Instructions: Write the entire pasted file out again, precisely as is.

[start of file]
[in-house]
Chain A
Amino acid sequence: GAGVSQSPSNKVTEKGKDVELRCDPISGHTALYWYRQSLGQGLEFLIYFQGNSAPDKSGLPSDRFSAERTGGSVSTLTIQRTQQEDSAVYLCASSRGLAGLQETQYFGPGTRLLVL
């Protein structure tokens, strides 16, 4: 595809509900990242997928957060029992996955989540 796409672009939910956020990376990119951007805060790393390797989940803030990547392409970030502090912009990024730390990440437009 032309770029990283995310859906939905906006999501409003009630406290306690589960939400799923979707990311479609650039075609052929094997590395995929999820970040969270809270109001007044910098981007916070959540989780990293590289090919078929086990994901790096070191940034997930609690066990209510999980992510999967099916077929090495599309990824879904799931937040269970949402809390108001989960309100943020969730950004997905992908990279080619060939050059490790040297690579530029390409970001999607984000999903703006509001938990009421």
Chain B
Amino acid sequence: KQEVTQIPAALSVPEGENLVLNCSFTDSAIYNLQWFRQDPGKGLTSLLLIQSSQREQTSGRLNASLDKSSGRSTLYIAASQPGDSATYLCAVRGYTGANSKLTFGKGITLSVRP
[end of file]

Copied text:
[in-house]
Chain A
Amino acid sequence: GAGVSQSPSNKVTEKGKDVELRCDPISGHTALYWYRQSLGQGLEFLIYFQGNSAPDKSGLPSDRFSAERTGGSVSTLTIQRTQQEDSAVYLCASSRGLAGLQETQYFGPGTRLLVL
């Protein structure tokens, strides 16, 4: 595809509900990242997928957060029992996955989540 796409672009939910956020990376990119951007805060790393390797989940803030990547392409970030502090912009990024730390990440437009 032309770029990283995310859906939905906006999501409003009630406290306690589960939400799923979707990311479609650039075609052929094997590395995929999820970040969270809270109001007044910098981007916070959540989780990293590289090919078929086990994901790096070191940034997930609690066990209510999980992510999967099916077929090495599309990824879904799931937040269970949402809390108001989960309100943020969730950004997905992908990279080619060939050059490790040297690579530029390409970001999607984000999903703006509001938990009421």
Chain B
Amino acid sequence: KQEVTQIPAALSVPEGENLVLNCSFTDSAIYNLQWFRQDPGKGLTSLLLIQSSQREQTSGRLNASLDKSSGRSTLYIAASQPGDSATYLCAVRGYTGANSKLTFGKGITLSVRP